A doctor of Korean heritage who grew up in Oregon becomes uncomfortable when a patient asks her about “the medicine of your people.” A Brazilian immigrant who doesn’t speak English struggles to communicate with the doctor who’s treating her nine-year-old asthmatic son. A physician suspects his Mexican-American patient’s failure to get regular blood glucose levels for his type 2 diabetes and hypertension is due to his ethnic background.
These are situations that require health care providers to have more than scientific knowledge about health conditions and treatment options. They call for providers to adhere to the American Osteopathic Association’s code of ethics, which specifies they should not only “provide necessary care without regard to gender, race, color, religion,…” but that they also “conduct themselves with appropriate respect for their patients’ social and cultural needs.”
Fostering that adherence is the goal of a course at DMU, Foundations of Physicianship: Culturally Responsive Care, developed two years ago by Jeritt Tucker, Ph.D., assistant professor in the department of behavioral medicine, and Rich Salas, Ph.D., DMU’s chief diversity officer. They note the course’s outcomes “represent strong foundational knowledge, skills and attitudes essential to the delivery of quality health care in the 21st century.”
The American Association of Colleges of Osteopathic Medicine (AACOM) agrees. During its annual conference, Educating Leaders 2019, held April 10-12 in Washington, DC, AACOM’s Society of Osteopathic Medical Educators (SOME) honored Drs. Tucker and Salas with its Innovation in the Development of Enduring Educational Materials Award for developing the course.
“We’re the only school among the 35 osteopathic schools to embed this in the curriculum,” Dr. Salas says. A member of the AACOM Council on Diversity and Equity (CODE), he was bombarded with questions from members from other institutions in a recent CODE meeting after he shared DMU’s efforts to foster students’ cultural competency.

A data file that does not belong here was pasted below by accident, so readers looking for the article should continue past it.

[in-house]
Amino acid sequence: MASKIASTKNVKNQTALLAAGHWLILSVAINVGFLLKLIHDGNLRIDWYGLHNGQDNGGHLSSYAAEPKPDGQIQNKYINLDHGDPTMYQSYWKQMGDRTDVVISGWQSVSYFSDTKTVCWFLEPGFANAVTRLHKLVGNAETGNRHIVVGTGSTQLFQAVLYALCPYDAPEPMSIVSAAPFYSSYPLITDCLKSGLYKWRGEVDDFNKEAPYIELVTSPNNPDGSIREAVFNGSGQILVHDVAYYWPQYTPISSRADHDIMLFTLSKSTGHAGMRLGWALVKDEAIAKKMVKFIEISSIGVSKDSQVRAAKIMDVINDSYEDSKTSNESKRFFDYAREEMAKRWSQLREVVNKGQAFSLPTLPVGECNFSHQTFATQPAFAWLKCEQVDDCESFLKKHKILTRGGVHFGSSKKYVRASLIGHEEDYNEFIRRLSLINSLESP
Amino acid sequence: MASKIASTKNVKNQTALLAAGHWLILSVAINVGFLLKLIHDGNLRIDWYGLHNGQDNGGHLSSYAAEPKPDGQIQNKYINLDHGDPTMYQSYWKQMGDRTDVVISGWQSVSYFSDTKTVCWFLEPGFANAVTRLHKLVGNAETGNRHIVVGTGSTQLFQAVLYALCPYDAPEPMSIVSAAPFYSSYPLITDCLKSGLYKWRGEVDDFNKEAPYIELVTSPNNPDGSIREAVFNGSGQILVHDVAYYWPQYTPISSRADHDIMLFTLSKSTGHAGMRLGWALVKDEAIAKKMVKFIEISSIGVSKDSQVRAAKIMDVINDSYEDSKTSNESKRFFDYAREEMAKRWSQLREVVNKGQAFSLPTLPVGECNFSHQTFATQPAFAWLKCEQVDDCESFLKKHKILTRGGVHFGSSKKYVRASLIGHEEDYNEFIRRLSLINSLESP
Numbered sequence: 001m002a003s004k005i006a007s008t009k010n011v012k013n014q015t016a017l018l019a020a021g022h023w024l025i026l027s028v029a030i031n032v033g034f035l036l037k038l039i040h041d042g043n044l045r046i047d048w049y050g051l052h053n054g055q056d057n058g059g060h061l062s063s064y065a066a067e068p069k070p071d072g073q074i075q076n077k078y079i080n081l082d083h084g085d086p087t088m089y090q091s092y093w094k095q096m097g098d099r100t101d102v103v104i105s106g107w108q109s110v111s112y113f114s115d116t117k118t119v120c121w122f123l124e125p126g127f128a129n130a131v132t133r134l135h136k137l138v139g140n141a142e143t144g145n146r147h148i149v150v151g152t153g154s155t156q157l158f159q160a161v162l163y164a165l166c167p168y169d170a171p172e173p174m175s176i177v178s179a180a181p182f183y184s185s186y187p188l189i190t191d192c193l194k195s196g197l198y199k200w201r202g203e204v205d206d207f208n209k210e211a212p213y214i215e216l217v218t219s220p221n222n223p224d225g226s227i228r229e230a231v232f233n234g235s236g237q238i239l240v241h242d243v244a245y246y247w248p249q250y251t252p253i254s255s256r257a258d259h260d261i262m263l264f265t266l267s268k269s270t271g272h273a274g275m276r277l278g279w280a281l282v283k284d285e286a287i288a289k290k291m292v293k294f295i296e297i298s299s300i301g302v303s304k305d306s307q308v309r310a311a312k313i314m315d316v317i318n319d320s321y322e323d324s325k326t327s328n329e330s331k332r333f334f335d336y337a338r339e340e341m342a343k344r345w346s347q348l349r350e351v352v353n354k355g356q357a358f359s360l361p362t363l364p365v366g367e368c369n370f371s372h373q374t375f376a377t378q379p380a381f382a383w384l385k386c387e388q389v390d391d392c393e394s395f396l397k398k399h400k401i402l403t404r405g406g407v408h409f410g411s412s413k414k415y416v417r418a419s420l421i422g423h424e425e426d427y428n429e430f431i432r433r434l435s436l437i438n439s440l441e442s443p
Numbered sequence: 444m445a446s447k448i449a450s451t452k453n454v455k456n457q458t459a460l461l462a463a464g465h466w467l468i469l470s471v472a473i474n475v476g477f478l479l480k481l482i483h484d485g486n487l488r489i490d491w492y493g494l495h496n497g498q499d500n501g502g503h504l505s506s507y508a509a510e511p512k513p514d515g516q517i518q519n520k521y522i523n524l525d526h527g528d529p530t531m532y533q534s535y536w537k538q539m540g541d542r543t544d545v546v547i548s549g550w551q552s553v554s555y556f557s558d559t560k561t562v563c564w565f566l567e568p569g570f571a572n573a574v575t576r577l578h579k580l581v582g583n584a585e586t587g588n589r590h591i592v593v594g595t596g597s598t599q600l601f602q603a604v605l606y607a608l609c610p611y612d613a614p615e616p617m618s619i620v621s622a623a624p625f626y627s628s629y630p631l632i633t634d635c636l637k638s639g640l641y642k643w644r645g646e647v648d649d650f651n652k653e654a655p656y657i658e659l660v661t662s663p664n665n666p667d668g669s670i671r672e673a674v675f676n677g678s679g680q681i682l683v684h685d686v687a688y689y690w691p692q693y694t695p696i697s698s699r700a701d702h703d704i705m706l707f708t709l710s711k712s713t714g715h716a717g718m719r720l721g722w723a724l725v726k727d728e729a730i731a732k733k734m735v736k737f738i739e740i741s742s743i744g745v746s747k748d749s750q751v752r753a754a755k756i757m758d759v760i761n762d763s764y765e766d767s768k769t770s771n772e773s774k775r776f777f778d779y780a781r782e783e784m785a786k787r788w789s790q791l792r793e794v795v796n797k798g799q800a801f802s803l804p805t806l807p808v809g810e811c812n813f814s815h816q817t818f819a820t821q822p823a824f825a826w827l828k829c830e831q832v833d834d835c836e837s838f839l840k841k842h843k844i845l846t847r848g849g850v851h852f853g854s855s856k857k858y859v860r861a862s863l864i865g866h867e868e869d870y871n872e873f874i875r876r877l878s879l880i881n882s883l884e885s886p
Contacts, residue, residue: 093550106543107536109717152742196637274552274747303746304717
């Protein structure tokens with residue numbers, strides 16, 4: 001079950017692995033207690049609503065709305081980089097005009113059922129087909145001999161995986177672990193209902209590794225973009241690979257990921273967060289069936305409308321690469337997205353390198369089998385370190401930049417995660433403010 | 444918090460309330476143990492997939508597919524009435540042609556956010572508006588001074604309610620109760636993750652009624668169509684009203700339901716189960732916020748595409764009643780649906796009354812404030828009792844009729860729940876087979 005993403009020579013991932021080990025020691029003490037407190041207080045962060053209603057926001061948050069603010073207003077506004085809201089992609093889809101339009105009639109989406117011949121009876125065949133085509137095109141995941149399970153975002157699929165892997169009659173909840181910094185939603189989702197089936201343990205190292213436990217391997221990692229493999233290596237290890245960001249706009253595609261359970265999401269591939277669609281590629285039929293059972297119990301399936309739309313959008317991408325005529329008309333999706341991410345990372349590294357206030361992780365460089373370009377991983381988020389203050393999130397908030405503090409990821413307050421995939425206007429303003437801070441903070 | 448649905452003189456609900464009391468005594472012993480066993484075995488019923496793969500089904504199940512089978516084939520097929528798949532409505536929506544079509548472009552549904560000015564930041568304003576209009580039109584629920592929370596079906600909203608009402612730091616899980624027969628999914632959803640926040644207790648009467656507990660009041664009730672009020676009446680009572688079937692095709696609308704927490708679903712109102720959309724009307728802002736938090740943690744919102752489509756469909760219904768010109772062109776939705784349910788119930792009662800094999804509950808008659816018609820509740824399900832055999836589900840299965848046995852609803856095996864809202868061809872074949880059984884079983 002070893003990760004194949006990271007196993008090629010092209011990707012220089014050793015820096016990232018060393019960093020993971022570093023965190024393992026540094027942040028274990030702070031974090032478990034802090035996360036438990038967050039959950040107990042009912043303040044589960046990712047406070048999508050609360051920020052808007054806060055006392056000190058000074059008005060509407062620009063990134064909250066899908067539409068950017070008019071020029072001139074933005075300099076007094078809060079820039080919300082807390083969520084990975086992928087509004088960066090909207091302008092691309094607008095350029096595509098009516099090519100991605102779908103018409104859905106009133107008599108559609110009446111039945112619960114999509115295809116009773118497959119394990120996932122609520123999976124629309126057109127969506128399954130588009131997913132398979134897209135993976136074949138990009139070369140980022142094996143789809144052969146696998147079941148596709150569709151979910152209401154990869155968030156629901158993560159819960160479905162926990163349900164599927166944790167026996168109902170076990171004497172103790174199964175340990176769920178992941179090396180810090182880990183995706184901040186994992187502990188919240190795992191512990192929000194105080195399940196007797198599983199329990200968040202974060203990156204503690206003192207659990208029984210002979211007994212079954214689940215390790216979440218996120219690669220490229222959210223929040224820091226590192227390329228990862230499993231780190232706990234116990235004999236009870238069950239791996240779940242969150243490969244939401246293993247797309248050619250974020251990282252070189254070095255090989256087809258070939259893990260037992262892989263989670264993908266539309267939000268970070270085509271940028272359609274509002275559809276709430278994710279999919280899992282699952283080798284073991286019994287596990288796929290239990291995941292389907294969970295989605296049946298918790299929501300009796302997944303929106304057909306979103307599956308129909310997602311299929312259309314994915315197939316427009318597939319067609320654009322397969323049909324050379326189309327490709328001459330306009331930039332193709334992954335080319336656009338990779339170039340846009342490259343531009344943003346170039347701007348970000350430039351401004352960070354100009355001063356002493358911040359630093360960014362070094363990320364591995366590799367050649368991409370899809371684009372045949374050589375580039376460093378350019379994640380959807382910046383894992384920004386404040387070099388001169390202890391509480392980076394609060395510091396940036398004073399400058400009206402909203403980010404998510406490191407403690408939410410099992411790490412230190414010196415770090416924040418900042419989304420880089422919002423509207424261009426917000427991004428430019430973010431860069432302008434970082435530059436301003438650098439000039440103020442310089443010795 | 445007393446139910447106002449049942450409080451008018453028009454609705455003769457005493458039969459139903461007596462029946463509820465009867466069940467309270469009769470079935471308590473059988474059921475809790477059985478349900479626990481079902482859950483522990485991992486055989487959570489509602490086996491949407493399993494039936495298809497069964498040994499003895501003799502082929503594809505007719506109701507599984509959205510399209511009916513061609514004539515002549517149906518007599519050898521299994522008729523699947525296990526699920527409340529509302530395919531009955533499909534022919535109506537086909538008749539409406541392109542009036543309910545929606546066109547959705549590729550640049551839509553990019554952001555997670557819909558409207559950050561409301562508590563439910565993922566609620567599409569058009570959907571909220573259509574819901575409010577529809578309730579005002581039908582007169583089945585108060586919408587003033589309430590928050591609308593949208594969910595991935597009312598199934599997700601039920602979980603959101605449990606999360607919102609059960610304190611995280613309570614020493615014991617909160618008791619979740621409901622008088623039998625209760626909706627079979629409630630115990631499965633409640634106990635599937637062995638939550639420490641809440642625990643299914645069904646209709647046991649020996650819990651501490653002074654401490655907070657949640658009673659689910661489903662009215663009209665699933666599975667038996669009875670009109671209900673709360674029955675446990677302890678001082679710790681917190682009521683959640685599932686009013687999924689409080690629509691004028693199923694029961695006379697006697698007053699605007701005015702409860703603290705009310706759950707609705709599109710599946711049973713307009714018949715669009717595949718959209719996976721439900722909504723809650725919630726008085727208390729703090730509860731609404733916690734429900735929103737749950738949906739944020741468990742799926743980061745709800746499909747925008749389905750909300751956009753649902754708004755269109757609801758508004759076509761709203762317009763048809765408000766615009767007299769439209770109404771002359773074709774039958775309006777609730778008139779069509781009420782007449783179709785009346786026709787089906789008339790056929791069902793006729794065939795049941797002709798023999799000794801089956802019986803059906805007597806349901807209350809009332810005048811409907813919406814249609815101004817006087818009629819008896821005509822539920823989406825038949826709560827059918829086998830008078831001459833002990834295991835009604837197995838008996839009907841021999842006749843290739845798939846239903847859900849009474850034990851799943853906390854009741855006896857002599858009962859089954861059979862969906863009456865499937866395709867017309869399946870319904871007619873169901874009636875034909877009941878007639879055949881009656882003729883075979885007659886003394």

The one-credit Foundations of Physicianship course is required of all osteopathic medical students at DMU in the spring semester of their first year. Its goals are to extend students’ awareness of their cultural identity, values and assumptions; their knowledge of existing health care disparities and how culture shapes experience; and their skills in transferring this awareness and knowledge to patient care. It is facilitated by students who participated the previous fall semester in the Diversity Health Series, which includes films and frank discussions on aspects of difference.
“The Diversity Health Series started the conversation about this course,” Dr. Salas says. “Dr. Tucker has taken it to a whole new level so the course includes components of cultural identity, self-reflection and team-based learning. Students are required to understand how implicit bias has an impact on health care. The course can include moments of discomfort and feelings that challenge students to have an open mind and an open heart, as they’re going to be working with patients who are very different from themselves.”
Dr. Tucker notes, “Roughly 20 percent of the AOA’s 240 sub-competencies use the word ‘culture’ or include aspects of culturally responsive care, but they’re not really formalized in the curriculum.” He and Dr. Salas state that the Foundations of Physicianship course emphasizes these AOA core competencies “to help students recognize how culturally responsive care is consistent with their emerging professional identities as osteopathic physicians.”
Students described the benefits of the course in letters supporting the application for the SOME Innovation Award. “Foundations of Physicianship was vital to my personal and professional growth as a first-year medical student, and I am excited to take what I’ve learned into my clinical clerkships next year when I begin to interact with patients,” stated one.
Another student said she hadn’t experienced much diversity growing up in a small, rural Midwestern town. “I had never thought about how these differences may affect my future profession. The Foundations class opened my eyes to the importance in awareness of diversity and the complications that can come with these differences,” she wrote. “As a result of this course, I have taken my first of many steps toward becoming a culturally competent physician.”